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Feizy steals the show with hundreds of thousands of designs housed in its massive showroom


THE IMPRESSIVE IMPORTED RUG juggernaut known as Feizy keeps expanding its domain. It gave up its iconic tower fronting I-35 just north of Downtown Dallas after outgrowing the property. Headquarters are now located on the outskirts of Farmers Branch in an astonishingly large warehouse that totals 250,000 square feet (roughly the equivalent of 4 football fields). The jaw-dropping space is filled floor to ceiling with row after row of industrial shelving that houses what appears to be millions of rugs—all categorized and labeled accordingly.
“We have a massive library; Mr. Feizy has been collecting rugs for 48 years now,” says Leighton Lloyd, merchandising and brand manager for the company. “We’re constantly getting new inventory from overseas, so we continue to build on this vast collection.”

Between this impressive home base and Feizy’s 17,000-square-foot showroom at Dallas’ World Trade Center, which are both open to the trade, Feizy really does have a rug for everyone.

It offers range of price points, from ultra-affordable machine-made rugs to handmade and tufted varieties, one-of-a-kind hand-knotted imports and super covetable antique rugs for collectors.
Feizy’s HQ elicits awe, but few visitors see the enormous warehouse itself. Instead, tradespeople are welcomed into a large gallery of one-of-a-kind hand-knotted rugs imported from countries like Iran, Pakistan, India, China and Turkey. Stacks of the unique beauties reach mid-torso, and workers stand by to unearth hidden gems for designers who make the trek up to North Dallas.

Amongst all the mindboggling variety, the rugs are neatly organized by size, material and knots per square inch, which roughly translates to price point. The rugs with knots numbering 500 or more per square inch get their own special storage room. These rugs can cost $75,000 or more, and not only look luxurious with their glimmery sheen, they feel like the textile equivalent of warm, velvety butter.

The imposing home base also houses a design studio for Feizy’s lifestyles collection, the original designs of which can be found at Feizy’s World Trade Center location and on its website.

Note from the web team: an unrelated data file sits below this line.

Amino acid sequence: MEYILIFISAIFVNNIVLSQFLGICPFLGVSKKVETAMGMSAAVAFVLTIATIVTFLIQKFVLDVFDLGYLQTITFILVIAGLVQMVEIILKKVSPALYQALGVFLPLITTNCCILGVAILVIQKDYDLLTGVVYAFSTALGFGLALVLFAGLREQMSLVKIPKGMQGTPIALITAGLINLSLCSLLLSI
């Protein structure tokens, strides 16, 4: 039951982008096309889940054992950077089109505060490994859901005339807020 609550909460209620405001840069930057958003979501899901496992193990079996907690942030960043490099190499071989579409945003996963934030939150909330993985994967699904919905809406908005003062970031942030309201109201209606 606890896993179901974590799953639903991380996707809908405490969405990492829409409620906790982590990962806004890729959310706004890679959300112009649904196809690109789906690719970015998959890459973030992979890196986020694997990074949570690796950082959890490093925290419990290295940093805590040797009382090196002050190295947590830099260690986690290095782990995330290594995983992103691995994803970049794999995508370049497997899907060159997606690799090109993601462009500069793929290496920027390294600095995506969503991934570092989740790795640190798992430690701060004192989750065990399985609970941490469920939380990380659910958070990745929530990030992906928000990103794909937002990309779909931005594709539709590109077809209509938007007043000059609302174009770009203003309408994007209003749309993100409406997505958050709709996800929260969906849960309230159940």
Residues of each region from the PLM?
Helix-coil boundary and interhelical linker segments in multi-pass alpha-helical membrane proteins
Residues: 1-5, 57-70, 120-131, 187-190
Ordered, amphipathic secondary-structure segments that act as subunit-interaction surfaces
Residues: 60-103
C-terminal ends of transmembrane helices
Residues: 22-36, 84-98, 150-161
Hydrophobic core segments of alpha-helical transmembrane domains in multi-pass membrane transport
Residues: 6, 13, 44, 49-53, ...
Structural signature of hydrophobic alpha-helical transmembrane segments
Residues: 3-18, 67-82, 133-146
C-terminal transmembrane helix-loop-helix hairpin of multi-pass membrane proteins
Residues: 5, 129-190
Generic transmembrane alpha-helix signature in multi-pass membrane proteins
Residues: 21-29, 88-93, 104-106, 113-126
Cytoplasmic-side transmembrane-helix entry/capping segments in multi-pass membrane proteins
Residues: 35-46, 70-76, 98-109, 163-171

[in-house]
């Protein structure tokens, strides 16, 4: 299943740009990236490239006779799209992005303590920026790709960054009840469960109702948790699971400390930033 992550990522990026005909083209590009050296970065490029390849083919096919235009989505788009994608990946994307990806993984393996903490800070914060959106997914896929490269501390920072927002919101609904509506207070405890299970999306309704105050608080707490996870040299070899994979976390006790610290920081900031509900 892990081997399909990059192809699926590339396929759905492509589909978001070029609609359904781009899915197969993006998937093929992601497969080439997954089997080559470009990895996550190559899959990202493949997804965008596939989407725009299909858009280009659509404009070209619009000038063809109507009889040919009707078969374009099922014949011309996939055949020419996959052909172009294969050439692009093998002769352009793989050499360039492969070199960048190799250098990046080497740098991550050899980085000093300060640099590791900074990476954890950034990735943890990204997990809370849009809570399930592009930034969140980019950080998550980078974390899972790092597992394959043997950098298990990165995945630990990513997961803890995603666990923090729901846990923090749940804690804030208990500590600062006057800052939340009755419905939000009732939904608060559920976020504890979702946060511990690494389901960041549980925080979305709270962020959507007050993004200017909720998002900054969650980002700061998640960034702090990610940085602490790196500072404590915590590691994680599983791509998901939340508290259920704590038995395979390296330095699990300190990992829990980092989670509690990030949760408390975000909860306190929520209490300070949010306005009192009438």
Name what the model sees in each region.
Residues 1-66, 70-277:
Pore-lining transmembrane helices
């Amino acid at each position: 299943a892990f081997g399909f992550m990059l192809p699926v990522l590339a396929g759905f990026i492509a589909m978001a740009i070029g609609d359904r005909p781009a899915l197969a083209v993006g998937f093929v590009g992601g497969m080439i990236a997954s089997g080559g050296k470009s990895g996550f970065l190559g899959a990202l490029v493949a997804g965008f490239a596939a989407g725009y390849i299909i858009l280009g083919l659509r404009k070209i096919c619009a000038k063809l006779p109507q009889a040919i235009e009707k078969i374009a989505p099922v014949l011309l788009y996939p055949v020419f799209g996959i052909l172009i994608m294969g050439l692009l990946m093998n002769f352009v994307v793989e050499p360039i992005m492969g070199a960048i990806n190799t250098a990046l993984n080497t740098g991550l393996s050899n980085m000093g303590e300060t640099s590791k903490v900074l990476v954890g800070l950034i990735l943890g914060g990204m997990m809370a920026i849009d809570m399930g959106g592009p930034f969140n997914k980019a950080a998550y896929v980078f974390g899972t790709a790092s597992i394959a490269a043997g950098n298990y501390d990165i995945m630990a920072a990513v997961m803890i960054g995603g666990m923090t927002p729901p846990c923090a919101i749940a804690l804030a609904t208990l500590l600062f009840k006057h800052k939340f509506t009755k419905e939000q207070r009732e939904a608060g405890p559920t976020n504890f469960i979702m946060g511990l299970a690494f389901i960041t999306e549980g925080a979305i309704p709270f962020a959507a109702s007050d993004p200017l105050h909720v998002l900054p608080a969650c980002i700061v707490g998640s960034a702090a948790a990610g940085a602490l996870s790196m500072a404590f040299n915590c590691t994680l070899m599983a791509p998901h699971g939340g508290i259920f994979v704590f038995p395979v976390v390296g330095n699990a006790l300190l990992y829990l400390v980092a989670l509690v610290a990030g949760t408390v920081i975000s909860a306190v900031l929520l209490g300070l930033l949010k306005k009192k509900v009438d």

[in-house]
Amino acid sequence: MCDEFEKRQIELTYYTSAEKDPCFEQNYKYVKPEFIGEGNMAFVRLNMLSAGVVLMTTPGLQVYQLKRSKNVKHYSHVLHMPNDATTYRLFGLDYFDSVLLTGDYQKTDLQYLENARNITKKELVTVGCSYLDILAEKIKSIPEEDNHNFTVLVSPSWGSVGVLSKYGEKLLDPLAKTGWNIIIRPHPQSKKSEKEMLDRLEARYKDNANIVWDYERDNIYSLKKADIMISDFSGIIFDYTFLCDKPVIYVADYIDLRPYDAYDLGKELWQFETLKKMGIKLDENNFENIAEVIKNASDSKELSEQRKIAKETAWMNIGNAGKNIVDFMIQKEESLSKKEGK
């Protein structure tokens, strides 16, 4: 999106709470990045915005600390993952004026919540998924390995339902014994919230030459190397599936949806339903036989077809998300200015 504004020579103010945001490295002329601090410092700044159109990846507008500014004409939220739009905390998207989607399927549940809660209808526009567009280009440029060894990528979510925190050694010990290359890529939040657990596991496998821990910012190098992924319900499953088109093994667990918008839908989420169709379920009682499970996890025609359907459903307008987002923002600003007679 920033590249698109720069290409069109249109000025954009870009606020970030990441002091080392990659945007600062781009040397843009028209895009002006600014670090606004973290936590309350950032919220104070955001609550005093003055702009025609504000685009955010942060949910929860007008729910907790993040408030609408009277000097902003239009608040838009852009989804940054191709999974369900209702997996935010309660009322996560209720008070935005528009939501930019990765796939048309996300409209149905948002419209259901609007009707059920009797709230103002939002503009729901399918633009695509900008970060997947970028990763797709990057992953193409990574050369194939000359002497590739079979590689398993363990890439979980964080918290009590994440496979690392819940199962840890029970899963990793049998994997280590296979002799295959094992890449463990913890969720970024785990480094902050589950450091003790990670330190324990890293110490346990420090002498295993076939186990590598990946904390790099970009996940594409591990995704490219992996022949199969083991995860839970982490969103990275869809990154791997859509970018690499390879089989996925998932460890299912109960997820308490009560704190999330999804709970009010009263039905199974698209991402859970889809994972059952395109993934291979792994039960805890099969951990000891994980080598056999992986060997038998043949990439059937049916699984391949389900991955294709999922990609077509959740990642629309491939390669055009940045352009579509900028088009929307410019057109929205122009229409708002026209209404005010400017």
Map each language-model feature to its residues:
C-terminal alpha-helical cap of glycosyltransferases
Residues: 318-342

On a Thursday afternoon in mid-October, four design mavens pored over a rainbow assortment of color swatches fanned out on a table, while the designers’ equivalent of mood boards looked on from their station lining the walls. Stacks of rug samples were in various stages of production.

“Our design team taps into contemporary designs, more traditional designs and also the transitional looks in between. They are also really trend and color focused as well,” Lloyd mentions.

HQ also houses another room full of VIPs: antique rugs in their own closely guarded vault, to which only Mr. Feizy holds the key. Any rug more than 50 years old is considered an antique.

“Some of these rugs are hundreds of years old,” Lloyd says. “There are rug blankets that they would drape over the horses as saddles, for example. There’s a lot of history behind them. Many of these rugs are storytelling pieces with Farsi written into them. They are not what you’d put under your couch; they are fine art pieces.”

With hundreds of thousands of one-of-a-kind rugs in its inventory and hundreds more original designs in its lifestyle collection, it’s hard to imagine the following scenario, but those who can’t find their perfect rug in Feizy’s massive collection are welcomed to avail themselves of its custom design services. Feizy has its own factory overseas that fulfills orders for hand-knotted rugs with a turnaround time of six to eight months. Handmade, tufted and machine-made varieties can be customized in different sizes with a turnaround of a mere few months.

“The factory makes sure to supply a rendering before anything is ever produced, so clients can see what the finished version will look like,” Lloyd assures.

For designers who would rather shop close to the Design District, Feizy’s 17,000-square-foot World Trade Center location houses everything that appears on its website, Lloyd says. For an even more in-depth experience, designers should head to North Dallas—it’s worth the drive.

“It’s really an awe-inspiring experience for them to come and see this presentation at
our corporate headquarters,” Lloyd says.


Alaena Hostetter is a content strategist, editor and journalist who writes about art, design, culture, music, entertainment and food. She can be reached via her website

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